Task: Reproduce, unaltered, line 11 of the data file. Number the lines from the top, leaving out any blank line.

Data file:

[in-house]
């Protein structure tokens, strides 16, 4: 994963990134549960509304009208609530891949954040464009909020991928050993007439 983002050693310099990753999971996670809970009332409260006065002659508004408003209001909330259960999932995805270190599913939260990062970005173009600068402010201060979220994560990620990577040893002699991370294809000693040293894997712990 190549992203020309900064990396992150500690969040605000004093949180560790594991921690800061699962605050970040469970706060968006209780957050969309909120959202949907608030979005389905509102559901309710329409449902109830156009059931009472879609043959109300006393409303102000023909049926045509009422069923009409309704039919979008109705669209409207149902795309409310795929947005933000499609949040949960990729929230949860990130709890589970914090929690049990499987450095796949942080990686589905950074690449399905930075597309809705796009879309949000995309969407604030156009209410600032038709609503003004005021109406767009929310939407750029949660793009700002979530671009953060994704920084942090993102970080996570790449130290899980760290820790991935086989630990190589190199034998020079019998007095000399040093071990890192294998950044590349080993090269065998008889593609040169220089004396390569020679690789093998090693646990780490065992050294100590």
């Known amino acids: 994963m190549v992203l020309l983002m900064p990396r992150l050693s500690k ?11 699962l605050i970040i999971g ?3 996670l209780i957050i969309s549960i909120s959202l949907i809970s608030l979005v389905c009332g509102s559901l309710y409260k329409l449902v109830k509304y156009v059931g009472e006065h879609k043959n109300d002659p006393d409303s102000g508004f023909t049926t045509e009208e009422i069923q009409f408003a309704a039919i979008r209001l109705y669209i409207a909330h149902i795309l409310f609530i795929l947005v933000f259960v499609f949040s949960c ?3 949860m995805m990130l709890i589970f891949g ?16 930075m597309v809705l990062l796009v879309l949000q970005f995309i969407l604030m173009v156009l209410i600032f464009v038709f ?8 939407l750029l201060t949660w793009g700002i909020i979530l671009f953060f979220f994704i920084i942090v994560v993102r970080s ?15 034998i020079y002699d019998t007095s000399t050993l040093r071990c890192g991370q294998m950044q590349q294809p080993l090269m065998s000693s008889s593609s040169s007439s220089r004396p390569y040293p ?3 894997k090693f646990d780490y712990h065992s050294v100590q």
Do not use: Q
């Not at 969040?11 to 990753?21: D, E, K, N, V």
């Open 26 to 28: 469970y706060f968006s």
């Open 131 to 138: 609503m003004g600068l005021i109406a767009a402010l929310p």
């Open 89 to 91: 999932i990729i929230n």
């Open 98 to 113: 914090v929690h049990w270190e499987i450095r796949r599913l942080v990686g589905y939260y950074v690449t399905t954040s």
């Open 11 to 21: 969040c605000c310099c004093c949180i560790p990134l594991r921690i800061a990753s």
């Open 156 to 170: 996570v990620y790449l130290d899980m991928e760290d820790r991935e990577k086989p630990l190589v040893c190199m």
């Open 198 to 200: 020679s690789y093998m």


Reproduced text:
């Open 156 to 170: 996570v990620y790449l130290d899980m991928e760290d820790r991935e990577k086989p630990l190589v040893c190199m």